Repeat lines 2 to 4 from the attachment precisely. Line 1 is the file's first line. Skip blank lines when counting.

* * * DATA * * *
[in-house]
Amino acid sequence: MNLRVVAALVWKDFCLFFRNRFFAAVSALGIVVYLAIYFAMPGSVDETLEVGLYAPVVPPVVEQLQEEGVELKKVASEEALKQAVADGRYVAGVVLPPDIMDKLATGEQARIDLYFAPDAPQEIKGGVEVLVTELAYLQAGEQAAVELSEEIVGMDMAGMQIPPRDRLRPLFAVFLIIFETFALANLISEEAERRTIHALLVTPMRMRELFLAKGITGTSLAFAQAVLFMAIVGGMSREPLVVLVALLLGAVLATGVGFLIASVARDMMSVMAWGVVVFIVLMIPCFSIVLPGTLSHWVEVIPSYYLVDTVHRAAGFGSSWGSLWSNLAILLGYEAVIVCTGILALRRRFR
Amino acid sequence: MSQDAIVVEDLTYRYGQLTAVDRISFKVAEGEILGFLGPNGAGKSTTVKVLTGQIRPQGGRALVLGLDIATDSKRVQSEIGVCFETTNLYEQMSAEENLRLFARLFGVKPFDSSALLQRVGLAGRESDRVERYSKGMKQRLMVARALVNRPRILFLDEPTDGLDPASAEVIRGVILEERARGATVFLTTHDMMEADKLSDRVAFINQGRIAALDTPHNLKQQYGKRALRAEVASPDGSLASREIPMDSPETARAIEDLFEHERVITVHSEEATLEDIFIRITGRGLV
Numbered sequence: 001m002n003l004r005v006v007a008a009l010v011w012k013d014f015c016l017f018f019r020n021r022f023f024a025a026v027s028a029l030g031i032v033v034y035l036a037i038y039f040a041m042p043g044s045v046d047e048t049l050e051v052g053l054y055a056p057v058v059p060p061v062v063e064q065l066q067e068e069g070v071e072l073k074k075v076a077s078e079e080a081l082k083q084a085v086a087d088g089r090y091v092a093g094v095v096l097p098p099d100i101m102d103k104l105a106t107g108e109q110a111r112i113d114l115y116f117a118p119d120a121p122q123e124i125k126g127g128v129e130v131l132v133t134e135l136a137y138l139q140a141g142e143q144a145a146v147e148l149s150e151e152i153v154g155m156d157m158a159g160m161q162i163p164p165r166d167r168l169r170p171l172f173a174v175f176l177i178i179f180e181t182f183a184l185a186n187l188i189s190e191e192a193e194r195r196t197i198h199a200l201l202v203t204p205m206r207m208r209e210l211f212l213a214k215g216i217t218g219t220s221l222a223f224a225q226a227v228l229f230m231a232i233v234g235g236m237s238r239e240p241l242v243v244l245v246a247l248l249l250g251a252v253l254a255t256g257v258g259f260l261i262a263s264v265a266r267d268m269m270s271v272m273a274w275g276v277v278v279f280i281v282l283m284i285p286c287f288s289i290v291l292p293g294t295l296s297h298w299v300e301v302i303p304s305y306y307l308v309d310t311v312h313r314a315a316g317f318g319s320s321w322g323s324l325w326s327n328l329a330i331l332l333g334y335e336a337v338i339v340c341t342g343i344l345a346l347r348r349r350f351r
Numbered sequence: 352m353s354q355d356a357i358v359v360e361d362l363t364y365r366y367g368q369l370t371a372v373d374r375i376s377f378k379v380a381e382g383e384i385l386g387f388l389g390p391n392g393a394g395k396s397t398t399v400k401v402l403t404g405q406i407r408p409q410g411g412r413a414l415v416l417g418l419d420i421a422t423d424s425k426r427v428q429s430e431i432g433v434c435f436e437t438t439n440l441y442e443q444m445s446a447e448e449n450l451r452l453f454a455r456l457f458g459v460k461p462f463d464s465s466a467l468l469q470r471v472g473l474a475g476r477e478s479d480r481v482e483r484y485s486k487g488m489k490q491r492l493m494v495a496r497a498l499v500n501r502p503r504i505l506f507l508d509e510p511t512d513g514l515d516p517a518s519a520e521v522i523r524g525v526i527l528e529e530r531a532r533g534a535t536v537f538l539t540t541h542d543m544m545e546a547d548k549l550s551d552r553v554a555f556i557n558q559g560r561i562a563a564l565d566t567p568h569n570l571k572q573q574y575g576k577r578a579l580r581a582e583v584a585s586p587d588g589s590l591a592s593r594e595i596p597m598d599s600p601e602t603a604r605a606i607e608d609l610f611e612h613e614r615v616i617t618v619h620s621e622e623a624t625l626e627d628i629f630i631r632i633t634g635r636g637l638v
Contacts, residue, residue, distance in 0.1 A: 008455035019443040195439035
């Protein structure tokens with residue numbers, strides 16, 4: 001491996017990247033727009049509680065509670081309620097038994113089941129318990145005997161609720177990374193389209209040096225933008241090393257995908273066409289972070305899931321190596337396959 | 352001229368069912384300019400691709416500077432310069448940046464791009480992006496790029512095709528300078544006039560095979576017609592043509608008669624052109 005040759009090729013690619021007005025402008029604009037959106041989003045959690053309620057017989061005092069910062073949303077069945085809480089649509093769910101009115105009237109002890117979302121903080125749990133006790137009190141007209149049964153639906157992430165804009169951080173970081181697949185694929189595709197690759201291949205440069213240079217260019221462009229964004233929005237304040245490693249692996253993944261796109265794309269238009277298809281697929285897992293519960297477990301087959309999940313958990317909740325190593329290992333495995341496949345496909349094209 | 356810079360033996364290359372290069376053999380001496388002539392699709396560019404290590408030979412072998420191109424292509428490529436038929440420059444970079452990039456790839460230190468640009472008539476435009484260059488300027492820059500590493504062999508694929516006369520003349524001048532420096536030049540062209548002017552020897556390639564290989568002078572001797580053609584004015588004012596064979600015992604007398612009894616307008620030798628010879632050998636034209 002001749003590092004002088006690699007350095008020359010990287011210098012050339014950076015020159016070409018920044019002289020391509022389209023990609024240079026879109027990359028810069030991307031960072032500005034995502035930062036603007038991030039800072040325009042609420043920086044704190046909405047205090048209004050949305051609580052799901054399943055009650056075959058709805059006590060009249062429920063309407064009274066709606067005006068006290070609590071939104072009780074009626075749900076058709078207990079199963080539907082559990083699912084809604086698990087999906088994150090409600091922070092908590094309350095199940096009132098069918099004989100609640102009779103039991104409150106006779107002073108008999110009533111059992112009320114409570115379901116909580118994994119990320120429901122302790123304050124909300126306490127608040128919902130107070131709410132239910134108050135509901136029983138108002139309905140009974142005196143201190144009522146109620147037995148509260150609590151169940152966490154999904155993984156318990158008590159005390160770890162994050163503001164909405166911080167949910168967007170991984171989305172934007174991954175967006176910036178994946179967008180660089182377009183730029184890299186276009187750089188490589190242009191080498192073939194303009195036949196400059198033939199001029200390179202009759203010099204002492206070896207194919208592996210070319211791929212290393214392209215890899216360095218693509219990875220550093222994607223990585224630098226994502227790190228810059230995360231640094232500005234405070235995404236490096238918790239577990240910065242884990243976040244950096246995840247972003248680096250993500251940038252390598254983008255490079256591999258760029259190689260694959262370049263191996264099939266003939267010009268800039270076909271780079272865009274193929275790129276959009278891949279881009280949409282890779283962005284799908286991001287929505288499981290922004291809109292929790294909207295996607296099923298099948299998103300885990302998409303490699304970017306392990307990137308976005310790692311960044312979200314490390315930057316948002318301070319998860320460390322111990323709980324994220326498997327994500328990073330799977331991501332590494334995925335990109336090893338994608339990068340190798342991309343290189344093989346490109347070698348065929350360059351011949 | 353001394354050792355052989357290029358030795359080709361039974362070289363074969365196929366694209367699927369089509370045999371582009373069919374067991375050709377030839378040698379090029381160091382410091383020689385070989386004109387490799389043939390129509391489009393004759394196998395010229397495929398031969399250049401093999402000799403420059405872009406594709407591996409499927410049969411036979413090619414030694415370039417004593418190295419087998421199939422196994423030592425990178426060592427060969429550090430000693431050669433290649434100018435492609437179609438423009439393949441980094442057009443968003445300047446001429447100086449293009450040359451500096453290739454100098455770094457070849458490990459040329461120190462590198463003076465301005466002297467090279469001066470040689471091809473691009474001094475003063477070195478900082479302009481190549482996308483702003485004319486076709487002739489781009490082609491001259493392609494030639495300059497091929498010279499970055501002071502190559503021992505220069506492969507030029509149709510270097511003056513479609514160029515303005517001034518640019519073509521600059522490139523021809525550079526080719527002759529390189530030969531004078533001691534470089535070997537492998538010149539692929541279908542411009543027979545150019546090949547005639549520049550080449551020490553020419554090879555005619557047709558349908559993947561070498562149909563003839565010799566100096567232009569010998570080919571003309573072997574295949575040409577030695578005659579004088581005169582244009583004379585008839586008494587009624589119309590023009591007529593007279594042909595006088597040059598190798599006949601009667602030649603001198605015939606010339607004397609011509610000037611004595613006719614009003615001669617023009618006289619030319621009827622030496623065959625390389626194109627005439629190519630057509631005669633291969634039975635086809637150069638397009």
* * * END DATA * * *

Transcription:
Amino acid sequence: MNLRVVAALVWKDFCLFFRNRFFAAVSALGIVVYLAIYFAMPGSVDETLEVGLYAPVVPPVVEQLQEEGVELKKVASEEALKQAVADGRYVAGVVLPPDIMDKLATGEQARIDLYFAPDAPQEIKGGVEVLVTELAYLQAGEQAAVELSEEIVGMDMAGMQIPPRDRLRPLFAVFLIIFETFALANLISEEAERRTIHALLVTPMRMRELFLAKGITGTSLAFAQAVLFMAIVGGMSREPLVVLVALLLGAVLATGVGFLIASVARDMMSVMAWGVVVFIVLMIPCFSIVLPGTLSHWVEVIPSYYLVDTVHRAAGFGSSWGSLWSNLAILLGYEAVIVCTGILALRRRFR
Amino acid sequence: MSQDAIVVEDLTYRYGQLTAVDRISFKVAEGEILGFLGPNGAGKSTTVKVLTGQIRPQGGRALVLGLDIATDSKRVQSEIGVCFETTNLYEQMSAEENLRLFARLFGVKPFDSSALLQRVGLAGRESDRVERYSKGMKQRLMVARALVNRPRILFLDEPTDGLDPASAEVIRGVILEERARGATVFLTTHDMMEADKLSDRVAFINQGRIAALDTPHNLKQQYGKRALRAEVASPDGSLASREIPMDSPETARAIEDLFEHERVITVHSEEATLEDIFIRITGRGLV
Numbered sequence: 001m002n003l004r005v006v007a008a009l010v011w012k013d014f015c016l017f018f019r020n021r022f023f024a025a026v027s028a029l030g031i032v033v034y035l036a037i038y039f040a041m042p043g044s045v046d047e048t049l050e051v052g053l054y055a056p057v058v059p060p061v062v063e064q065l066q067e068e069g070v071e072l073k074k075v076a077s078e079e080a081l082k083q084a085v086a087d088g089r090y091v092a093g094v095v096l097p098p099d100i101m102d103k104l105a106t107g108e109q110a111r112i113d114l115y116f117a118p119d120a121p122q123e124i125k126g127g128v129e130v131l132v133t134e135l136a137y138l139q140a141g142e143q144a145a146v147e148l149s150e151e152i153v154g155m156d157m158a159g160m161q162i163p164p165r166d167r168l169r170p171l172f173a174v175f176l177i178i179f180e181t182f183a184l185a186n187l188i189s190e191e192a193e194r195r196t197i198h199a200l201l202v203t204p205m206r207m208r209e210l211f212l213a214k215g216i217t218g219t220s221l222a223f224a225q226a227v228l229f230m231a232i233v234g235g236m237s238r239e240p241l242v243v244l245v246a247l248l249l250g251a252v253l254a255t256g257v258g259f260l261i262a263s264v265a266r267d268m269m270s271v272m273a274w275g276v277v278v279f280i281v282l283m284i285p286c287f288s289i290v291l292p293g294t295l296s297h298w299v300e301v302i303p304s305y306y307l308v309d310t311v312h313r314a315a316g317f318g319s320s321w322g323s324l325w326s327n328l329a330i331l332l333g334y335e336a337v338i339v340c341t342g343i344l345a346l347r348r349r350f351r